نتیجه گیری انگلیسی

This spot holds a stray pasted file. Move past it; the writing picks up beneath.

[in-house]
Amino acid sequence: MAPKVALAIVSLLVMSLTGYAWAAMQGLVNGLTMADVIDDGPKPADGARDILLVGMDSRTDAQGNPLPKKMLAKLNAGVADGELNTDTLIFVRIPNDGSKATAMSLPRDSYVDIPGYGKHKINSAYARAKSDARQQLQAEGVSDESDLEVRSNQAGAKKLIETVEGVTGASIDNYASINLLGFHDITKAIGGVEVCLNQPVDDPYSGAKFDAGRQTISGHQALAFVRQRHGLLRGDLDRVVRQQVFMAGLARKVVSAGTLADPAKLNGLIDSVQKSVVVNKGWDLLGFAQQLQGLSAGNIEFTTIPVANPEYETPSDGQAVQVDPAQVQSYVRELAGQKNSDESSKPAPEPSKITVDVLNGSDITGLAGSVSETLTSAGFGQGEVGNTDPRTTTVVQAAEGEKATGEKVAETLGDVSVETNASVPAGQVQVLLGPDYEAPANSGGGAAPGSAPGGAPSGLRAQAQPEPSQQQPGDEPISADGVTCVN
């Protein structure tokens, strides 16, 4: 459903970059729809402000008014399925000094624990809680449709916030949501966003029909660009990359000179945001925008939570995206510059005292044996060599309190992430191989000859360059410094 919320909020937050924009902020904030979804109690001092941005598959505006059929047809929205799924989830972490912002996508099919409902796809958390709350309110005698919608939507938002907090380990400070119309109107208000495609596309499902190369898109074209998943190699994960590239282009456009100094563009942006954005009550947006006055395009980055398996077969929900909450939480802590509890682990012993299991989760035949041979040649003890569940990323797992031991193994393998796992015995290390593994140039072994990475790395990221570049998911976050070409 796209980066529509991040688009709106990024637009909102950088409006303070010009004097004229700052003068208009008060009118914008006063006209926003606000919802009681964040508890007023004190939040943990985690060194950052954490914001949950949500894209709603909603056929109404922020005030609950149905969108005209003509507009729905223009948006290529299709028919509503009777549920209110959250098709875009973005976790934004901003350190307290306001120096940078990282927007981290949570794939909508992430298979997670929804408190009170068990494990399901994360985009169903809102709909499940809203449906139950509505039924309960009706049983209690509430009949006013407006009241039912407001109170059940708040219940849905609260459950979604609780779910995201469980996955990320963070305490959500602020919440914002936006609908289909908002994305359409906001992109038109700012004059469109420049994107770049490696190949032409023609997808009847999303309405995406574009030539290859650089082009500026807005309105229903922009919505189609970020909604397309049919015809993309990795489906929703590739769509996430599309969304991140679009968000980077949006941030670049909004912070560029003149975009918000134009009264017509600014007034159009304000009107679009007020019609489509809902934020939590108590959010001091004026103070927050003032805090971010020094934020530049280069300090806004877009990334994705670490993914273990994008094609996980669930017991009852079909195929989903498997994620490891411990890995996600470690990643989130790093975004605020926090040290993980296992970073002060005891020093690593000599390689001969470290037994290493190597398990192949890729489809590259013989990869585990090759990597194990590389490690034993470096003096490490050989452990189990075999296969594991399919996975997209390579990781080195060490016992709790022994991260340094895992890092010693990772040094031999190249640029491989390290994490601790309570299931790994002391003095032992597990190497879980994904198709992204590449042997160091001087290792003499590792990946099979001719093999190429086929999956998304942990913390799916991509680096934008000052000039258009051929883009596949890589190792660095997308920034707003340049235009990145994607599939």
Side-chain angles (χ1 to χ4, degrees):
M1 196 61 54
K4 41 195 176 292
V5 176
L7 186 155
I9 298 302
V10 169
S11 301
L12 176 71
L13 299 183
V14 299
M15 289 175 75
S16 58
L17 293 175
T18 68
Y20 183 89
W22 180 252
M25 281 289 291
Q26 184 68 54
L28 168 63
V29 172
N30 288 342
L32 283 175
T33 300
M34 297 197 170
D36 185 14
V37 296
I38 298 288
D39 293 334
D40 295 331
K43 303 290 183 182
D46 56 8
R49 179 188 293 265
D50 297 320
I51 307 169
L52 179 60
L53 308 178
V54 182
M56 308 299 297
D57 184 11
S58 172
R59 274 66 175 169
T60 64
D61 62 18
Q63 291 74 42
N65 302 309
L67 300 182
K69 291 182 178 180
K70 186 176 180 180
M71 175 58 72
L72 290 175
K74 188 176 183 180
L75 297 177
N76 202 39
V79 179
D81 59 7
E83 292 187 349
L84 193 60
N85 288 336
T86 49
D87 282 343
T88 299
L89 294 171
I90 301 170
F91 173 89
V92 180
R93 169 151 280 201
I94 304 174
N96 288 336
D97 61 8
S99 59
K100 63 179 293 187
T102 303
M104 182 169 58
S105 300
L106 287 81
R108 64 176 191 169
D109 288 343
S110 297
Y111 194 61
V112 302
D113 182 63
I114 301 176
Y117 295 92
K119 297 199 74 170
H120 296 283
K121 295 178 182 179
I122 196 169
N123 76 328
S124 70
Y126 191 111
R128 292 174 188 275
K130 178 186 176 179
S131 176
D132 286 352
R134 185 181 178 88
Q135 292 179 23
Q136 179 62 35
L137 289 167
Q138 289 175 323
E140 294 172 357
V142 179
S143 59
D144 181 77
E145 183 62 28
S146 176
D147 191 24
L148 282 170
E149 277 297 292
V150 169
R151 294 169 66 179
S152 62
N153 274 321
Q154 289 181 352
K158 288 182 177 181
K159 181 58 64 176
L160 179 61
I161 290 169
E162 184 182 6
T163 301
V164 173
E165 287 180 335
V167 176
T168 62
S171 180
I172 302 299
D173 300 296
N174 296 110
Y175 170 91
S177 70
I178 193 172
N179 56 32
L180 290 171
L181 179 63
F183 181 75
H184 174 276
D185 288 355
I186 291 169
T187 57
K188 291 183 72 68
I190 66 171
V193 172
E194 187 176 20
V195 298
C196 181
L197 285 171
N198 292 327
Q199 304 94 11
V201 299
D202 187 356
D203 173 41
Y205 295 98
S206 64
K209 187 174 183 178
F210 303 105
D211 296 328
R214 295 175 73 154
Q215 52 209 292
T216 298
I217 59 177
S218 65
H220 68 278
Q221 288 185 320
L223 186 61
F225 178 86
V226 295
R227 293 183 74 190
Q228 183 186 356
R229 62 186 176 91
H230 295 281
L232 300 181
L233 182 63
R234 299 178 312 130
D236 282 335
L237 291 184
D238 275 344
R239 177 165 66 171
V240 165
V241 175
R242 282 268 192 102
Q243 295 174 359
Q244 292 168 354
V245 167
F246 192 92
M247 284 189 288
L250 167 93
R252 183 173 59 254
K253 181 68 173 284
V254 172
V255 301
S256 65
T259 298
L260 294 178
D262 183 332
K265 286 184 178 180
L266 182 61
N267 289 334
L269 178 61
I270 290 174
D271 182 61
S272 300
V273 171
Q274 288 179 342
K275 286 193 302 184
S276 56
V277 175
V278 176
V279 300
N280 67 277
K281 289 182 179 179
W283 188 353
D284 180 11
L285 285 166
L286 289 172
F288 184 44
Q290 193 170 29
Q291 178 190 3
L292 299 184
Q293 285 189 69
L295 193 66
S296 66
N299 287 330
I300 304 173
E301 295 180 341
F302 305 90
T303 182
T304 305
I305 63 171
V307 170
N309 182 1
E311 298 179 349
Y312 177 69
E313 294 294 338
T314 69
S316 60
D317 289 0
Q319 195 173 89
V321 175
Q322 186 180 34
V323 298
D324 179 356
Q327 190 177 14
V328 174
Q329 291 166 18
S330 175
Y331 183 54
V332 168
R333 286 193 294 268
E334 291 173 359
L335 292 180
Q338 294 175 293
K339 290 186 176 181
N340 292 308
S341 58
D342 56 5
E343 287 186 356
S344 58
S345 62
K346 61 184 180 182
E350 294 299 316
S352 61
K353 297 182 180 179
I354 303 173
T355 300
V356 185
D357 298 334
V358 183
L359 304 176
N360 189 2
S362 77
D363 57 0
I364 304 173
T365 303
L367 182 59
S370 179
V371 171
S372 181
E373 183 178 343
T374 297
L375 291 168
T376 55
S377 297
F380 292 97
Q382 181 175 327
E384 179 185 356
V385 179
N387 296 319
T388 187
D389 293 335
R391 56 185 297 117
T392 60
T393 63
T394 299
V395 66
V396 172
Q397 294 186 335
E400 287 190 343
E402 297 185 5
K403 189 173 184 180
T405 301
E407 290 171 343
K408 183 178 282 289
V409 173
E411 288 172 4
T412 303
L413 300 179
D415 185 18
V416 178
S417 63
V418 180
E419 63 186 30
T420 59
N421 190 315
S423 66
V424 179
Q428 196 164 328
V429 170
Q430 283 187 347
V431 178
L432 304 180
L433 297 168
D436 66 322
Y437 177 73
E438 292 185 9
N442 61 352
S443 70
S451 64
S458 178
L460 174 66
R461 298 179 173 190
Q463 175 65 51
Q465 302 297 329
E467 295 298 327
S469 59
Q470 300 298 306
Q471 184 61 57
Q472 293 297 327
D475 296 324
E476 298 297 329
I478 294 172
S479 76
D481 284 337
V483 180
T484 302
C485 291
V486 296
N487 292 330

The importance of empirical studies to the debate on the effectiveness of growth-management policies is clear and relevant to many places. The negative impacts ascribed to urban sprawl need scientific evidence and confirmation in order to clarify this controversial issue. Such evidence will assist in taking steps toward adopting a growth-management policy, thus contributing to the prevention of urban sprawl and the preservation of open space. Alongside the studies that have examined the rate of success and effectiveness of various policy tools activated in different places, this present study addresses a complementary strategy. Accordingly, a methodology is presented that is directed at examining the inherent future potential of growth-management policies set by the national plans in preventing urban sprawl and the conversion of open space into urban development uses. Using various forecasting tools, the methodology enables the testing of different scenarios. The results obtained provide decision-makers with fundamental information when formalizing development strategies for spatial development in the coming decades. The study addresses different and complementary indicators to those suggested by Nelson (1999) and Kline (2000) in their previous studies, thereby succeeding in measuring the potential effect of implementing the proposed growth-management policy. The findings pointed to the expected effect of employing different scenarios of spatial development on the continuation of urban sprawl and on the conservation of open space and farmland in Israel in the coming decades. The results obtained by the model predict a significant reduction of open space, particularly in the densely populated central regions of Israel. In these regions, it is of great importance to have a strict preservation policy to prevent the over-conversion of open space and farmland. It is particularly significant on the fringes of large metropolitan areas, which suffer the most from urban sprawl. Here it is expected that a substantial proportion of the open rural landscape will disappear because of heavy development pressures, most of which will come at the expense of farmland. Adopting a growth-management policy, as suggested by the national plans, could significantly reduce the depletion of open space and farmland, as shown by the results in this study, but only if this policy prove to be effective. The examination addressed here points to the great potential effectiveness of growth management in preventing urban sprawl by employing more compact urban development attached to existing development. The ratio of farmland per resident in Israel which is low, is expected to diminish further, by 50% in the coming decades, as a result of growing population trends and the need for additional land development. This consequence does not include additional effects that could result from the resultant insufficiency of the water supply. Therefore, the importance of implementing the proposed national policy is even greater. The indecisive discussions taking place in Israel today on the approval of the national plan (NOP/35) are similar to those occurring in other places and countries that are considering the implementation of policy tools in order to regulate spatial development. We expect that in the near future more places and countries will shift toward growth management in light of the outcomes from a laissez-faire attitude. Growth management ensures better, more efficient use of natural resources and the prevention of depletion. Its supporters must adopt different strategies to convince the authorities and decision-makers to act in favor of growth management, to the benefit of both the current and the future population. The results of this study could be used in the struggle to convince Israeli government agencies and planning authorities to approve and adopt the proposed national plan.